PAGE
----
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Thread: Domains

  1. #1
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    Domains

    Why is it that R = {a + bsqrt(2): a, b belong to Z} is a domain, but R = { (1/2)(a + bsqrt(2)): a, b belong to Z} isn't?
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  2. #2
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    The two seem to be abelian groups for $\displaystyle +,$ but take a closer look at the stability under multiplication.

    For example, in the second $\displaystyle R,\ \frac{1}{2}=\frac{1}{2}(1+0.\sqrt{2})$ belongs to it, but what about the product $\displaystyle \frac{1}{2}\times\frac{1}{2}=\frac{1}{4}$?

    If there are no $\displaystyle a,b\in\mathbb{Z}$ such that $\displaystyle \frac{1}{4}=\frac{1}{2}(a+b\sqrt{2}),$ then $\displaystyle R$ is not stable under multiplication and it cannot be a ring.
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  3. #3
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    I understand proving cases where R is not a domain perfectly now, but I am still confused about how to prove cases where R is a domain. Another question I was assigned was to use the fact that c = (1/2)(1 + sqrt(-19)) is a root of x^2 - x + 5 to prove that R = {a + bc: a,b belong to Z} is a domain and I don't know where to start.
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  4. #4
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    $\displaystyle R=\{a+bc\ ;\ a,b\in\mathbb{Z}\}$ and $\displaystyle c$ as you defined.

    A good way to prove something is a ring is to show it is a subring of some ring you already know; here one can think of $\displaystyle (\mathbb{R},+,\times )$ , since $\displaystyle R\subseteq\mathbb{R}$ .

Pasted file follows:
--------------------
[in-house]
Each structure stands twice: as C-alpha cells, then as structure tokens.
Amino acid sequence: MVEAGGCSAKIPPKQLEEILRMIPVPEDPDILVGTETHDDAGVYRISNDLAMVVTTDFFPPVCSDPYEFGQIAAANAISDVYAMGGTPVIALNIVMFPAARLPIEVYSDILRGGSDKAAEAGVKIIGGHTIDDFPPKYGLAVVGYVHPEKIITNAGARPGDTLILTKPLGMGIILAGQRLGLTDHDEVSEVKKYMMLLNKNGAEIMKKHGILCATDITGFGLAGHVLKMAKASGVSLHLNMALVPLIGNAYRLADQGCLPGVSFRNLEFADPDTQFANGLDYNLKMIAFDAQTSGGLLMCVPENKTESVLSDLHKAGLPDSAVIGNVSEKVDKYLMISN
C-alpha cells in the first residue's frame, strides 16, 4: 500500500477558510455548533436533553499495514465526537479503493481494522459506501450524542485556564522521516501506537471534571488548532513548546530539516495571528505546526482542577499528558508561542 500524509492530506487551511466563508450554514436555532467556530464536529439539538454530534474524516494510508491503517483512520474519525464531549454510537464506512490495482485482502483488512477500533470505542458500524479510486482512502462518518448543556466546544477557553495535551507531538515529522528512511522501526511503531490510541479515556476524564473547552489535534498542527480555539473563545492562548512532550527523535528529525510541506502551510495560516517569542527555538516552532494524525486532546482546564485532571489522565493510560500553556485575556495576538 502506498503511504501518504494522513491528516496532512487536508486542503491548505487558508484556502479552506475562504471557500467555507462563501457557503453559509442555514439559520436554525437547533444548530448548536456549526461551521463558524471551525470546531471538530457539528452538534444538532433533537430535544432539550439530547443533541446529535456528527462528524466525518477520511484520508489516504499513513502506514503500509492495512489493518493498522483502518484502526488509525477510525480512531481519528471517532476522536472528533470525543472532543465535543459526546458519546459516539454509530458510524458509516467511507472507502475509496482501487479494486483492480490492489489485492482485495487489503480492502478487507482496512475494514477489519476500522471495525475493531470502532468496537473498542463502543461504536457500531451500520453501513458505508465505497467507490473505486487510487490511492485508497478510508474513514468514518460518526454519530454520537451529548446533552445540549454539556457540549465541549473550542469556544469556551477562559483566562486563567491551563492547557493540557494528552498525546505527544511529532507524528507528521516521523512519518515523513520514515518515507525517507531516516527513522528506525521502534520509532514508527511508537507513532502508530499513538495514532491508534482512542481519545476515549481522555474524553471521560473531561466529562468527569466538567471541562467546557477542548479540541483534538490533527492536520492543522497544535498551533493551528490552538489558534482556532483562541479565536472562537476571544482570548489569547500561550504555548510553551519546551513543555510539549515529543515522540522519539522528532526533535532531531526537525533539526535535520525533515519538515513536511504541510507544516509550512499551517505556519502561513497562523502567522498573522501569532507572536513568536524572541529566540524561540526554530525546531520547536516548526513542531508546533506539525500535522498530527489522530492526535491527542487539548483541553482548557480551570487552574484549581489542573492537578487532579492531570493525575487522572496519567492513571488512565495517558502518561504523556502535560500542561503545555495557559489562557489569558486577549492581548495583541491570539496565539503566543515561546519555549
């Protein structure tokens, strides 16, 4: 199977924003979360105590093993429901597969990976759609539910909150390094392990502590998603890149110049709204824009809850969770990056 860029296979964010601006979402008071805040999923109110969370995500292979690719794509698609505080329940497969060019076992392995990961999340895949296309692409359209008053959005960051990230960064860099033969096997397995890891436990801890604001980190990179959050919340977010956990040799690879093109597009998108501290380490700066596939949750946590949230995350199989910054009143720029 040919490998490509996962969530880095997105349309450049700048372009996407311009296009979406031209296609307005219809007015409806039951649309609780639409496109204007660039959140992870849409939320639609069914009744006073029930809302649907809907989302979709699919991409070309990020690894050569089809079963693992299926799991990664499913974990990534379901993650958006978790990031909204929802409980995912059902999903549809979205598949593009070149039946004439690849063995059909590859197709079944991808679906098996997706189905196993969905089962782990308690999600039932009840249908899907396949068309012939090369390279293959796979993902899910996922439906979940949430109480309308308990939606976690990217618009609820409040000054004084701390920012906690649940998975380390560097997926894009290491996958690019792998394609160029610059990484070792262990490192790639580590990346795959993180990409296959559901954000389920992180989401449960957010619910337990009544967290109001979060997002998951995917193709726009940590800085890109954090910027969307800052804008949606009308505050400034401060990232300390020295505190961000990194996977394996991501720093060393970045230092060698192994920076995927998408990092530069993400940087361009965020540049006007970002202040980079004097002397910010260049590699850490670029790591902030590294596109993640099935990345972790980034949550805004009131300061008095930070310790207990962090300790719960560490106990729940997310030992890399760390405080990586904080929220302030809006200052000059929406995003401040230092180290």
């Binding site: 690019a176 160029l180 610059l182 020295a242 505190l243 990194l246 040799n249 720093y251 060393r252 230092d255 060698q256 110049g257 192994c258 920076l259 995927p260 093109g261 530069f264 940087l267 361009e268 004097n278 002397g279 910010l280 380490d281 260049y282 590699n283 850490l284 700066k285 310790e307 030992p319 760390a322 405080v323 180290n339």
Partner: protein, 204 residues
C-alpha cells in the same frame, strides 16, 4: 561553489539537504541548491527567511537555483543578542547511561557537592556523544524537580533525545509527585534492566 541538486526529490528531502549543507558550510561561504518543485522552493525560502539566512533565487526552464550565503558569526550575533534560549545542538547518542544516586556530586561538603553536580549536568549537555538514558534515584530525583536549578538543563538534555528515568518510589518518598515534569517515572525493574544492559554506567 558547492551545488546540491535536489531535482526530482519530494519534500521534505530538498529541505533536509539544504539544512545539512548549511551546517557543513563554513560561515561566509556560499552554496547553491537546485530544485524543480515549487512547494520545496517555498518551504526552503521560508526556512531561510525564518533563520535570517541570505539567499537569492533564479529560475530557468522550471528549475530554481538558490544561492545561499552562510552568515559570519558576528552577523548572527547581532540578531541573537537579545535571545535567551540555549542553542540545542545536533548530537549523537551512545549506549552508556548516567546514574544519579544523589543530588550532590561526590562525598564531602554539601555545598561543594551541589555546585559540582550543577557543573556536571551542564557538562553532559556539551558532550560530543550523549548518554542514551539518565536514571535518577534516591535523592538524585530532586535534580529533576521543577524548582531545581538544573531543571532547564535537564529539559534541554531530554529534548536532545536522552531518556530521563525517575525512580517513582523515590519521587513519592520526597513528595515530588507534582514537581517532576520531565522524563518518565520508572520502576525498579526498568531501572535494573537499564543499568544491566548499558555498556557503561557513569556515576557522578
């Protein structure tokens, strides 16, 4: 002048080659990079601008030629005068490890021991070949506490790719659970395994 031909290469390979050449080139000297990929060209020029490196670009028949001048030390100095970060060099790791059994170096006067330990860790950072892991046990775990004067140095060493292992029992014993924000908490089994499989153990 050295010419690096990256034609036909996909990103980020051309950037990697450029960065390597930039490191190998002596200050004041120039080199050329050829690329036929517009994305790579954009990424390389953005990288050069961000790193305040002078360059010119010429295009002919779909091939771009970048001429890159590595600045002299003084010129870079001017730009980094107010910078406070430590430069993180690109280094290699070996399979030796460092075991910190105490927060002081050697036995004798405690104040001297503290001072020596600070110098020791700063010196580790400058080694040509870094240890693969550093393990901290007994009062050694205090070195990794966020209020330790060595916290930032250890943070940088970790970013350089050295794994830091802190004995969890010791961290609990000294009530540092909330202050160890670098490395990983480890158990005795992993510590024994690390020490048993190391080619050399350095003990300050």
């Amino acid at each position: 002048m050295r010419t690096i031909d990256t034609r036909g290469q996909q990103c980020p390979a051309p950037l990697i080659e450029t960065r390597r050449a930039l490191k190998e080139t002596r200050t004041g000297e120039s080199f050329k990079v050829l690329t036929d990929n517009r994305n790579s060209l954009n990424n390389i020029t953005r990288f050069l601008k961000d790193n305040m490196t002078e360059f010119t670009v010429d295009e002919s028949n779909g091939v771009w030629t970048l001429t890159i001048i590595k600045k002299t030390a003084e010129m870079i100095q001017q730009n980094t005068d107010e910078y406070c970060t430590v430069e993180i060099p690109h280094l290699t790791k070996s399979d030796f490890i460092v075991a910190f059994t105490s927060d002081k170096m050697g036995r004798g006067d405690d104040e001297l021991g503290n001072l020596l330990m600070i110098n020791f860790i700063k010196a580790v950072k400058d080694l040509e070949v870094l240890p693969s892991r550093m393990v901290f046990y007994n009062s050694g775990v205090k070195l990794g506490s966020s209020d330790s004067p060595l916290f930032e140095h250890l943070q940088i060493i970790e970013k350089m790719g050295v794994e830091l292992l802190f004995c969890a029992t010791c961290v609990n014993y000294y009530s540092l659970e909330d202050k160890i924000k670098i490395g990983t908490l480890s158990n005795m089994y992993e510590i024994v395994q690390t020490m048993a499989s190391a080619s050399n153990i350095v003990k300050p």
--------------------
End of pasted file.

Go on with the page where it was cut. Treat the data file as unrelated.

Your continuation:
Proving that $\displaystyle (R,+)$ is a subgroup of $\displaystyle (\mathbb{R},+)$ is quite easy.

    $\displaystyle 1\in R$ because $\displaystyle 1=1+0.c$

    The most tricky (and here the last) part is to show that $\displaystyle R$ is closed under multiplication. So take two elements of $\displaystyle R,$ let's say $\displaystyle a+bc$ and $\displaystyle n+mc,$ and consider their product: (we want to prove it belongs to $\displaystyle R$)

    As we're working in $\displaystyle (\mathbb{R},+,\times )$ which is a commutative ring, we can use the properties of addition and multiplication.

    $\displaystyle (a+bc)(n+mc)$

    $\displaystyle =an+amc+bcn+bcmc$ by distributivity of $\displaystyle \times$ over $\displaystyle +$

    $\displaystyle =an+amc+bnc+bmc^2$ by commutativity of $\displaystyle \times$

    $\displaystyle =an+bmc^2+amc+bnc$ by commutativity of $\displaystyle +$

    $\displaystyle =an+bmc^2+(am+bn)c$ by distributivity of $\displaystyle \times$ over $\displaystyle +$

    $\displaystyle =an+bm(c-5)+(am+bn)c$ because c root of $\displaystyle x^2-x+5$ means $\displaystyle c^2=c-5$

    $\displaystyle =(an-5bm)+(bm+am+bn)c$ by distributivity of $\displaystyle \times$ over $\displaystyle +$ and commutativity of $\displaystyle +$ and $\displaystyle \times$

    Note that $\displaystyle a,b,n,m\in\mathbb{Z}$ implies that $\displaystyle (an-5bm)$ and $\displaystyle (bm+am+bn)$ belong to $\displaystyle \mathbb{Z},$ i.e. $\displaystyle (an-5bm)+(bm+am+bn)c\in R,$ and we're done.

    That proof of the closure of R under multiplication is quite detailled, that's why it can seem long...

    I nearly forgot, you wanted to show it is a domain, i.e. the product of two non-nul elements is a non-nul element. Well a subring of a domain is a domain, so since $\displaystyle (\mathbb{R},+,\times )$ is a domain, we immediately have that $\displaystyle (R,+,\times )$ is also a domain.


    Using a similar (and even easier) proof, you can show that $\displaystyle (\{a+b\sqrt{2}\ ;\ a,b\in\mathbb{Z}\},+,\times )$ is a domain too!
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